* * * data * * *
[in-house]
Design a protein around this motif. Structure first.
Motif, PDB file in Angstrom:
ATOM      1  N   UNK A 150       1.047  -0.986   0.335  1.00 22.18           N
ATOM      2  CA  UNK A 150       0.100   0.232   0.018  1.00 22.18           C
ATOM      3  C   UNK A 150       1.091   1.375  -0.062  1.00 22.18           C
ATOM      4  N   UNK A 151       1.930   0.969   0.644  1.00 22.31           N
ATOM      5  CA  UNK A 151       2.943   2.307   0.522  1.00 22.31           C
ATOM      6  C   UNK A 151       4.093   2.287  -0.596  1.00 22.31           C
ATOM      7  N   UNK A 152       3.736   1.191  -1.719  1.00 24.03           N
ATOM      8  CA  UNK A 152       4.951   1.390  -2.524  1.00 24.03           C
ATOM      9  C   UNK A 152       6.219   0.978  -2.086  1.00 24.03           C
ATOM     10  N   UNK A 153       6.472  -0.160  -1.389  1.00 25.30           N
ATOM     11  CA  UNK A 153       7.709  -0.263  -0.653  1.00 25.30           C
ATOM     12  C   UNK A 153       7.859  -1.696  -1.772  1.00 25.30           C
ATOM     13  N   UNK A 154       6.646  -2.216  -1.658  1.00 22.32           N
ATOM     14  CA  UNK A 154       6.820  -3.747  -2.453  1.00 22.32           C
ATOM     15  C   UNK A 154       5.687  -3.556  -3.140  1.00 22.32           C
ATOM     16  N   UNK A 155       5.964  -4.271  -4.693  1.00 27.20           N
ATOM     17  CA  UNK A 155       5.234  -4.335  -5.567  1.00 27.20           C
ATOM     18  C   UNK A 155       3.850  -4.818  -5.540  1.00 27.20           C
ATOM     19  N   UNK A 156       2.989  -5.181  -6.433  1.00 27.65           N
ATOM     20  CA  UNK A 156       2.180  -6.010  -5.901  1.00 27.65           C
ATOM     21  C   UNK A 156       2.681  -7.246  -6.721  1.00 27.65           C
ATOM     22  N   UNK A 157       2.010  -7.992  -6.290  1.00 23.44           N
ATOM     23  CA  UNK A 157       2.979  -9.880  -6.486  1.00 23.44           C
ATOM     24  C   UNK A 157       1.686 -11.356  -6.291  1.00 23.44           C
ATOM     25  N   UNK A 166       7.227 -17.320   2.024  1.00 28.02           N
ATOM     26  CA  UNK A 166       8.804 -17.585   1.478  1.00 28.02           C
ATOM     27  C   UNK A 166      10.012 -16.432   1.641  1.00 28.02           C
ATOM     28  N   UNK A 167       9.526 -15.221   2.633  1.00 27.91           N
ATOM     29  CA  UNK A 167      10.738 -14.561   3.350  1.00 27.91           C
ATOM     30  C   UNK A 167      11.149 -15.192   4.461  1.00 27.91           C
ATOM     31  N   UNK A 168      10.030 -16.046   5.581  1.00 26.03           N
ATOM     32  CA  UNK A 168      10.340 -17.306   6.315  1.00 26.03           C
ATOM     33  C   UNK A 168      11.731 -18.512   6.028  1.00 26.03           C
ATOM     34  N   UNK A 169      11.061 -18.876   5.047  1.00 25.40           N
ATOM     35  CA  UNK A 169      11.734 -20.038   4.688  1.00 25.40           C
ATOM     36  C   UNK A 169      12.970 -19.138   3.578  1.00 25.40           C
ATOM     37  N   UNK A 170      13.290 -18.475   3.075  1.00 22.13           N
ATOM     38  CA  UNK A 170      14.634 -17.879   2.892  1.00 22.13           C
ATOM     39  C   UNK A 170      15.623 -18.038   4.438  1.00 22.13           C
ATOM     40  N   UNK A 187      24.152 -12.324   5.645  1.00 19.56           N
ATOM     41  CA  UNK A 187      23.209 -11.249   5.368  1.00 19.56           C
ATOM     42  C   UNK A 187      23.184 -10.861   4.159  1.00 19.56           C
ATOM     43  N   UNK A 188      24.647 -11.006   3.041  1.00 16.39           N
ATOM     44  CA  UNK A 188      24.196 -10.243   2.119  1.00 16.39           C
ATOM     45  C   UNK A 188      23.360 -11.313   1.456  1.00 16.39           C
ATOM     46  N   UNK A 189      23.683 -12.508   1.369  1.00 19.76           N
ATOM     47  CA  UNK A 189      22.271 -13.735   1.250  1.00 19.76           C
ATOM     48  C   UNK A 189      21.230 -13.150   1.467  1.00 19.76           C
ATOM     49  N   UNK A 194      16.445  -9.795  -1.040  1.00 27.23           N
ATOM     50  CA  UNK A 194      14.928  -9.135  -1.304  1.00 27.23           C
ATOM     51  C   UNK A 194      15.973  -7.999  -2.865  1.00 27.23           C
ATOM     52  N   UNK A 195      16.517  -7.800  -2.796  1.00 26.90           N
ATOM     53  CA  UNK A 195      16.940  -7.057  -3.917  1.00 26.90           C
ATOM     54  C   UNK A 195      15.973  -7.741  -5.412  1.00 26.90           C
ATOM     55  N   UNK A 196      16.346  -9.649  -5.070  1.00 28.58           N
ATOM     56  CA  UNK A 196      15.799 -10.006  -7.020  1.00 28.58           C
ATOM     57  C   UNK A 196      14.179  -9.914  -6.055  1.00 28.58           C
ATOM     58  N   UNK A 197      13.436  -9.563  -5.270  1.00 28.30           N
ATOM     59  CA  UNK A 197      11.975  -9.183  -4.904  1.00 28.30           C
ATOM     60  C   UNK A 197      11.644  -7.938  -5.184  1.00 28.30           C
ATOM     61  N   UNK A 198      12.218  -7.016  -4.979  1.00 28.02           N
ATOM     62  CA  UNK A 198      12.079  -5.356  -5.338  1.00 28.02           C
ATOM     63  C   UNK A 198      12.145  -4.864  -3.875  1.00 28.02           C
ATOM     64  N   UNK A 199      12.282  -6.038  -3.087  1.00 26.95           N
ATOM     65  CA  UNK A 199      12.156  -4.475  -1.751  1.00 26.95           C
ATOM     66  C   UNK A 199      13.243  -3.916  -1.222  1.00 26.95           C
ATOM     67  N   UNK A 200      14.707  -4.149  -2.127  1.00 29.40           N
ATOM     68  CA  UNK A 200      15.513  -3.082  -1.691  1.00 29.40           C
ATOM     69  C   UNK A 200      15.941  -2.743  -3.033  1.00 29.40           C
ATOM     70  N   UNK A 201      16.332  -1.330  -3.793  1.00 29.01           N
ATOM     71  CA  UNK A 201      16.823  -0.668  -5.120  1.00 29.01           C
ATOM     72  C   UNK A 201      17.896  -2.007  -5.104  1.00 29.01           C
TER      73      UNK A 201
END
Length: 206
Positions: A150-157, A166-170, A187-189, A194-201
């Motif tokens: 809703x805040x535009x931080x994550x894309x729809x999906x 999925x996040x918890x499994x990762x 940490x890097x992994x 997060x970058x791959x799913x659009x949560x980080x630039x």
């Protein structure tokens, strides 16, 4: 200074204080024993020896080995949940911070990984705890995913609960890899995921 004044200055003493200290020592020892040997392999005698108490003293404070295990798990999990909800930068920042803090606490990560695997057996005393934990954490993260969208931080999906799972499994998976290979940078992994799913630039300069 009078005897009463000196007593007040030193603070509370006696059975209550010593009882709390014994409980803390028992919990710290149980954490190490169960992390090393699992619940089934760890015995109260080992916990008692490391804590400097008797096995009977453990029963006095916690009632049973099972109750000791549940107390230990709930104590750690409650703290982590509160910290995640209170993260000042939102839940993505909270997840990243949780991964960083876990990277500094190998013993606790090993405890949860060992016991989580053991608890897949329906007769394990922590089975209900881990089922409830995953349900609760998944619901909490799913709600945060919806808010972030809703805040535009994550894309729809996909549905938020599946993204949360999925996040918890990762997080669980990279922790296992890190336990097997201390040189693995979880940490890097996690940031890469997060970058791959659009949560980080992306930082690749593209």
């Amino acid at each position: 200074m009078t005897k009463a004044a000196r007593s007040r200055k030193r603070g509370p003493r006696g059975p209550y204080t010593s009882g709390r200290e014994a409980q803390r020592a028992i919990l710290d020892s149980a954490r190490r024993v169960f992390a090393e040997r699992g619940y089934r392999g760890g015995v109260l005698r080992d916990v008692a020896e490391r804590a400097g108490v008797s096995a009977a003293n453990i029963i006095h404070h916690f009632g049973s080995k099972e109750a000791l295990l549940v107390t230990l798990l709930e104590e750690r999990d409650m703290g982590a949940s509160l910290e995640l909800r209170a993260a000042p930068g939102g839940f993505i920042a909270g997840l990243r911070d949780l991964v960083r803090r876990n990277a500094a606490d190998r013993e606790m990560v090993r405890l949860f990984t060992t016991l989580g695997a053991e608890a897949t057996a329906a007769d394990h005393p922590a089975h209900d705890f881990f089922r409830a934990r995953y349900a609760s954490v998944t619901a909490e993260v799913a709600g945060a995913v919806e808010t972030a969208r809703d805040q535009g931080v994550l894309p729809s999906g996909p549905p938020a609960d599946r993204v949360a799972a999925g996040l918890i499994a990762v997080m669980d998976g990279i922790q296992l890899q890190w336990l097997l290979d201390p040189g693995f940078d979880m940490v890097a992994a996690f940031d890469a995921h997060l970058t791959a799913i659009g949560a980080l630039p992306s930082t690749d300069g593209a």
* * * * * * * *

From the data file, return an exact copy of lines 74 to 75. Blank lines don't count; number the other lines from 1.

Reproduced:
ATOM     71  CA  UNK A 201      16.823  -0.668  -5.120  1.00 29.01           C
ATOM     72  C   UNK A 201      17.896  -2.007  -5.104  1.00 29.01           C